Keep What’s Yours: Protecting your Brand with Trademarks

June 16, 2021

(originally published at

Suzann Moskowitz is the owner of a boutique law practice, The Moskowitz Firm, focused on brand protection, copyright, and related technology and licensing issues. For nearly two decades, Suzann has worked closely with creative entrepreneurs, technology start-ups, foodie founders, and companies large and small to protect their valuable intellectual property and to navigate evolving legal landscapes. 

With so many to-dos between hatching a name and landing on a shelf, it can be easy to overlook the importance of formal brand protection.

Securing your CPG brand with a federal registration at the United States Patent and Trademark Office (“USPTO”) is a relatively simple process with significant returns. It demonstrates a level of seriousness to potential investors and retailers and can also avert costly copycat situations. 

To illustrate what CPGs should know about intellectual property (IP) protections, including trademark (brand, logo, slogan) and copyright (website, social, package content) issues, this Spotlight series will follow the journey of the fictional plant-based brand, ChickTwin and its founders, the “CT Duo.” In this installment we will learn the value of a registered trademark and outline the steps of in this process.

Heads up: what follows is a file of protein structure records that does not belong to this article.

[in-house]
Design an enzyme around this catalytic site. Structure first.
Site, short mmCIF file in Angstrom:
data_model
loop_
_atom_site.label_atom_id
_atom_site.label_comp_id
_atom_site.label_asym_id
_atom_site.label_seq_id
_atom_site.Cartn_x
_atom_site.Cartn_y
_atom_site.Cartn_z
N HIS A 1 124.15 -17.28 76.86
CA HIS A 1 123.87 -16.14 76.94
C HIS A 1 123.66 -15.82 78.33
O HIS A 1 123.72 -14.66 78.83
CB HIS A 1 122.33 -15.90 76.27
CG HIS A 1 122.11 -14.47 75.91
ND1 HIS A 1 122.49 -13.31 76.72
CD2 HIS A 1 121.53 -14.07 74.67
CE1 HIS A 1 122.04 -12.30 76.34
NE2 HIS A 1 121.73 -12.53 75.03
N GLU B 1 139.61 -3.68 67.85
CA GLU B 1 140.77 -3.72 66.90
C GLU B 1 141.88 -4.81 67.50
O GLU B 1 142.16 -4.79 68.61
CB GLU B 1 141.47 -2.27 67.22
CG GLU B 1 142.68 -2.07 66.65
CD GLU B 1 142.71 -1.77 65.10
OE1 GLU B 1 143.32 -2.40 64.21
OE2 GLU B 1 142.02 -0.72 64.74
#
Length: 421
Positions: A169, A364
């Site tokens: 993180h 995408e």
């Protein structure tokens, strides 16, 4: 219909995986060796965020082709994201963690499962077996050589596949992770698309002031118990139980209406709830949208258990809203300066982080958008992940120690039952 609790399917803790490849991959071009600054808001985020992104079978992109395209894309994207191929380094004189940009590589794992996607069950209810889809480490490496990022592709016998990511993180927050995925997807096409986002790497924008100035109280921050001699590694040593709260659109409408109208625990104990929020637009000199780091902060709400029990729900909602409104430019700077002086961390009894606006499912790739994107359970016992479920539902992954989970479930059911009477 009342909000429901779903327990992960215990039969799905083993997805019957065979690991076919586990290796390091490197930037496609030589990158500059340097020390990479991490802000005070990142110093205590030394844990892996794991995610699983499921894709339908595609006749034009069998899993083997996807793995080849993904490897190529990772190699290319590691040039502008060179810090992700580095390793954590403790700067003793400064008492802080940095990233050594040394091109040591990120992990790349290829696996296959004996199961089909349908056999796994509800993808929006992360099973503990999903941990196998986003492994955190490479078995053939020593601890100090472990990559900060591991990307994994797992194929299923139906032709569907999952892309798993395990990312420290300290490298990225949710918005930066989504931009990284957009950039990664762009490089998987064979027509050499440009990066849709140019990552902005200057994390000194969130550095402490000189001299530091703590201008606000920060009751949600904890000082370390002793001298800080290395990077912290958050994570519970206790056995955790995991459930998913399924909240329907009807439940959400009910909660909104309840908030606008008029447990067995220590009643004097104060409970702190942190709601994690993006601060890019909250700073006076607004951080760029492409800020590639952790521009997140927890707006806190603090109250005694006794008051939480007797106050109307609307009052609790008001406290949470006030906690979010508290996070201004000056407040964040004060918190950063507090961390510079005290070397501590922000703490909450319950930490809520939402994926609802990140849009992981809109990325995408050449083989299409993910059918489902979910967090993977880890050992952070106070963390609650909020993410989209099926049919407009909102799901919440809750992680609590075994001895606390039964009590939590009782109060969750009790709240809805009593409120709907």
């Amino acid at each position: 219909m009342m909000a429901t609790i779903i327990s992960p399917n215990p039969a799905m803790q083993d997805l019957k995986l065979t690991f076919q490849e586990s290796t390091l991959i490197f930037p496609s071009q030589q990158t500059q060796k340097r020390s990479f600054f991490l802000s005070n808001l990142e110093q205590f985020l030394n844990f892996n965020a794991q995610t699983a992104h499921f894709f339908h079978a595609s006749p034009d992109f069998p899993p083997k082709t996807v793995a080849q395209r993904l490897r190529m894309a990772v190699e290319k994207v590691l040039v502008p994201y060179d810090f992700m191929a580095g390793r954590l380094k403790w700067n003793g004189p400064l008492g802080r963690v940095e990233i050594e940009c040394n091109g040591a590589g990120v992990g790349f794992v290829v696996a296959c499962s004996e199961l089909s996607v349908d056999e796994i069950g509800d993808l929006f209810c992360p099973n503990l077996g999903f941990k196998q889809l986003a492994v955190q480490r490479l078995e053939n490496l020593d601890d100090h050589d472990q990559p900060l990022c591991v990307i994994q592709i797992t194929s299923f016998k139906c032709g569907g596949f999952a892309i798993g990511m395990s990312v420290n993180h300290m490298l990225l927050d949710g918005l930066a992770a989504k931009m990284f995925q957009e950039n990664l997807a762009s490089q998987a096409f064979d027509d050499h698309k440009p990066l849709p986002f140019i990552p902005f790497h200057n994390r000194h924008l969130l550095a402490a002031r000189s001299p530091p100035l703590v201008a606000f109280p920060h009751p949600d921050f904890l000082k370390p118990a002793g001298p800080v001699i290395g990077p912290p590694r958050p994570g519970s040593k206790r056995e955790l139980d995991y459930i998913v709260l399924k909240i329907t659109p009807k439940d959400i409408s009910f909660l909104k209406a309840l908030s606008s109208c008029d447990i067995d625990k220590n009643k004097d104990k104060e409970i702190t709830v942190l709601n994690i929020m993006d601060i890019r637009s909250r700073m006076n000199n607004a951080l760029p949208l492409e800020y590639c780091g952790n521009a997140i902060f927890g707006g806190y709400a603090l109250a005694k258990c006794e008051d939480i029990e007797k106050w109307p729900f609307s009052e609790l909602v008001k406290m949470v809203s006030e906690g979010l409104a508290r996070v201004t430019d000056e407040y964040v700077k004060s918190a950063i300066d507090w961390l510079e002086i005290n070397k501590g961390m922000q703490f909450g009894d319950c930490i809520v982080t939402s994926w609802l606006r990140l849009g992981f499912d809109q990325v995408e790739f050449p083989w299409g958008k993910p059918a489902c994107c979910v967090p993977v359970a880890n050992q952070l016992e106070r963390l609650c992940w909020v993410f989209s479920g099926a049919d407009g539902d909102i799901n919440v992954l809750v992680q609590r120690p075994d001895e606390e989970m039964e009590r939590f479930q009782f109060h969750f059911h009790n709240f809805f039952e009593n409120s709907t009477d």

1. Why are Trademarks Important to CPG Companies?

Though a brand “exists” even before you announce it, valuable intellectual property rights start with federal registration at the USPTO, which entails completing paperwork and paying government fees starting at $250. Filing does not require an attorney, but it can help.

A registered trademark is like an insurance policy that reduces the costs of enforcing IP rights and strongly deters copycats. By being searchable in the database of registered marks, you put others on notice of your prior rights, and in most cases, the USPTO will kick out any attempts to file anything confusingly similar. 

For those who try to copy despite this protection, registration provides access to federal courts and enhanced remedies, not to mention first dibs on domain names as well as e-commerce and social media platforms. While the registration certificate looks spiffy in a frame, the presence of the ® symbol is a sign of seriousness to retailers and investors.

2. What Makes a “Good” TM?

Marketing advice and gut feelings have the greatest influence when choosing a brand name, but two main factors come into play when it comes to protecting a trademark: 

  • Is it *creative* enough? The USPTO won’t grant a registration to a totally generic/literal brand, like CHICKEN NUGGET, and it will give only limited protection to descriptive brands like CHICK’N NOODLES. Adding a fanciful or arbitrary word like ZOOBI or ZOMBIE to CHICKEN TENDERS helps, but only the creative word is fully protected. In terms of creativity, the CT Duo succeeded with ChickTwin, but, as this series will reveal, that’s not the end of the story.